Peter Faneuil was a wealthy slave trader and Boston merchant who, in 1738, inherited a large fortune from his uncle Andrew Faneuil, also a local slave trader who owned a warehouse on Boston’s Merchant Row where he sold his slaves.
The Faneuils weren’t the only or even the first slave traders in Massachusetts. In fact, slavery in Massachusetts had existed since the early days of the Massachusetts Bay Colony in the early 17th century.
Peter and Andrew Faneuil were prominent in the Triangle Trade. This was a shipping route where merchants shipped fish and lumber from New England to Africa and then shipped slaves from Africa to the West Indies.
After selling the slaves in the West Indies, the merchants would then purchase molasses, sugar cane and rum from the local sugar plantations to bring back to the American colonies.
In July of 1740, Peter Faneuil offered to build a public marketplace for the city of Boston using his own money he and his family made off of this triangle trade.
At the time, there was no marketplace for peddlers to sell their goods and they often clogged up the lanes and roads with their pushcarts.
After commissioning local artist John Symbert to draw up plans for the building, Faneuil then offered the proposed marketplace as a gift to the city of Boston.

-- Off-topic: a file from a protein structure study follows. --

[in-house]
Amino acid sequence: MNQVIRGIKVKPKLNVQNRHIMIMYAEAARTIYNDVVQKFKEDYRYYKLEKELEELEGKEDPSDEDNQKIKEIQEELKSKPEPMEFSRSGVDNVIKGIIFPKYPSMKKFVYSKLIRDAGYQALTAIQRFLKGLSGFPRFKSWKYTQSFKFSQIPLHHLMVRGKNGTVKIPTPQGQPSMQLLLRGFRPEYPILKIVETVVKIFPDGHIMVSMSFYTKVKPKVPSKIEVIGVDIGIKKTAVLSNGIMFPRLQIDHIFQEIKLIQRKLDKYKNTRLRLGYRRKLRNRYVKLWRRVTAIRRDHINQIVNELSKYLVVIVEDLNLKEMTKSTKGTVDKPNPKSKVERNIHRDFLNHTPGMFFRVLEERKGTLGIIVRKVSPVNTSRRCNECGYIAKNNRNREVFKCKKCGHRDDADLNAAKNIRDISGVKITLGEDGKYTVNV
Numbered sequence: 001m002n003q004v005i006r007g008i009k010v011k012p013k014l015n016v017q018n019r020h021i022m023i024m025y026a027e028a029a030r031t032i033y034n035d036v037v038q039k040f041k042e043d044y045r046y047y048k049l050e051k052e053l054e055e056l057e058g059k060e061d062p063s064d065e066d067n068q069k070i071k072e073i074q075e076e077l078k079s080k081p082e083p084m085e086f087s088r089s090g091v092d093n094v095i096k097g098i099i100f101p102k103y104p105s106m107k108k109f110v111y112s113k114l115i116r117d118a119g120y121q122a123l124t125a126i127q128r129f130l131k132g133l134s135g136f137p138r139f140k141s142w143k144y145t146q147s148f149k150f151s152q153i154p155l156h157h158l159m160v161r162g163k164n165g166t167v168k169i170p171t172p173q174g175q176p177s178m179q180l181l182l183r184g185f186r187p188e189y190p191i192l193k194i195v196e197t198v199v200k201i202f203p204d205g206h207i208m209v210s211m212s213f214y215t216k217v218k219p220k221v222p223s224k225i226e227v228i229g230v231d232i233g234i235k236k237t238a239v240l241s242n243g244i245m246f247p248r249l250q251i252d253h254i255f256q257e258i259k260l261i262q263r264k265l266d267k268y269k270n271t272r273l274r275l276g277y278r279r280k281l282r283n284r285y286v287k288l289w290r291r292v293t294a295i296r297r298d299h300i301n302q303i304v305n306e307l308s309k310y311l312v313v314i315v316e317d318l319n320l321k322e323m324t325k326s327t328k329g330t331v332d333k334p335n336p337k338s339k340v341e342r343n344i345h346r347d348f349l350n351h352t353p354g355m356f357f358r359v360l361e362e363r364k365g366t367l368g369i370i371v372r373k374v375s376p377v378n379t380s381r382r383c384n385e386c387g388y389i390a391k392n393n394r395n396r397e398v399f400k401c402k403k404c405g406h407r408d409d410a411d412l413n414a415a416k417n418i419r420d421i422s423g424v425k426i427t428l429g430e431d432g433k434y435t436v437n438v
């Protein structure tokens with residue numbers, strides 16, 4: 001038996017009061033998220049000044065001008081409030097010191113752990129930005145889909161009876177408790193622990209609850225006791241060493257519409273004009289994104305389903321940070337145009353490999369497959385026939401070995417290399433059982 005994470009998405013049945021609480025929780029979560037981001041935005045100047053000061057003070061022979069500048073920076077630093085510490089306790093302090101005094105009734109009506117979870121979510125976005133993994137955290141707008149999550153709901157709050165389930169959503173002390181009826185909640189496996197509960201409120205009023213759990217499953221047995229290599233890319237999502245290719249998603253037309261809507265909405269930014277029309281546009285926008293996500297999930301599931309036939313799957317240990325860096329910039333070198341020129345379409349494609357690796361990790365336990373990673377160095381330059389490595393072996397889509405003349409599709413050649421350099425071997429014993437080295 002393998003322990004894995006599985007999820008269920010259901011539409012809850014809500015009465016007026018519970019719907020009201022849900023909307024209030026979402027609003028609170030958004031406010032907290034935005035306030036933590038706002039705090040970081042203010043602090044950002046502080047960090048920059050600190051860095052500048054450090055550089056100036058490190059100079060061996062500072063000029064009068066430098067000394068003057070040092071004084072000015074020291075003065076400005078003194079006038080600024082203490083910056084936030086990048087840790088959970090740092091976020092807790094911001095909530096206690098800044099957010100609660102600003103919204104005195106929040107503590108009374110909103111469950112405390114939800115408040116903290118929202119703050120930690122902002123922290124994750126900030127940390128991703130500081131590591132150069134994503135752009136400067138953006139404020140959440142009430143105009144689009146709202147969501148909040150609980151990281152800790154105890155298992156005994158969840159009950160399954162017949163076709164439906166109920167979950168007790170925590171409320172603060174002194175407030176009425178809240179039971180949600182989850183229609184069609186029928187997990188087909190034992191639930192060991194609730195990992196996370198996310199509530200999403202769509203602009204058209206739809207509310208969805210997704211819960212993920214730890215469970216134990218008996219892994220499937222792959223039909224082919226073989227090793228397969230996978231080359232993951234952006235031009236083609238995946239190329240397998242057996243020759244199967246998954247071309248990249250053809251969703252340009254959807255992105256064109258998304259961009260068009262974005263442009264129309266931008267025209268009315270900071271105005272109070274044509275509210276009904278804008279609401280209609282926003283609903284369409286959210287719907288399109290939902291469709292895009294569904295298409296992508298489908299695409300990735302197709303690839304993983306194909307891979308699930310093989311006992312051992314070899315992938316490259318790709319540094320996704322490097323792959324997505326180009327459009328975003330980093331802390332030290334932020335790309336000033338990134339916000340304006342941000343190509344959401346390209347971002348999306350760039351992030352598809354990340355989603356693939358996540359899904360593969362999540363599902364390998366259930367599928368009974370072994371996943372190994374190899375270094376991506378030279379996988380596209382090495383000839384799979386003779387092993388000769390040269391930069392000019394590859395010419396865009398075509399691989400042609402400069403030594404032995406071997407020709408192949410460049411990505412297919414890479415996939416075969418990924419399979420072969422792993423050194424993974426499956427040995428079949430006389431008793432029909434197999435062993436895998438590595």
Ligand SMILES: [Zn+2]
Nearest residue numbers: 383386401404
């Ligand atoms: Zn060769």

Over 700 Boston town meeting members debated whether to accept the gift before finally voting in favor it.
Construction on Faneuil hall began in 1740 and took nearly two years to complete. The plan for the building included an open ground floor for a meat and produce market and a large assembly room on the second floor.
The steeple of the building was topped with a 38 pound gold-gilded grasshopper weather vane that was based on a similar grasshopper weather vane on top of the London Royal Exchange.
Peter Faneuil died of dropsy just six months after the building was completed in 1742 and the city decided to name the building “Faneuil Hall” in his honor.
In 1761, a fire gutted the interior of the building but it was quickly rebuilt. The building was enlarged in 1806 by Boston architect Charles Bullfinch, who doubled its width and added a third floor.
During the American Revolution, the large second-floor assembly room became a hot spot for patriotic speeches and meetings, leading patriot James Otis to dub it the “Cradle of Liberty.”
McClanahan, Brian. The Politically Incorrect Guide to the Founding Fathers. Regnery Publishing, 2009
Baird, Charles Washington. History of the Huguenot Emigration to America, Volume 2. Dodd, Mead & Company, 1885
Marchione, William P. Boston Miscellany: An Essential History of the Hub. The History Press, 2008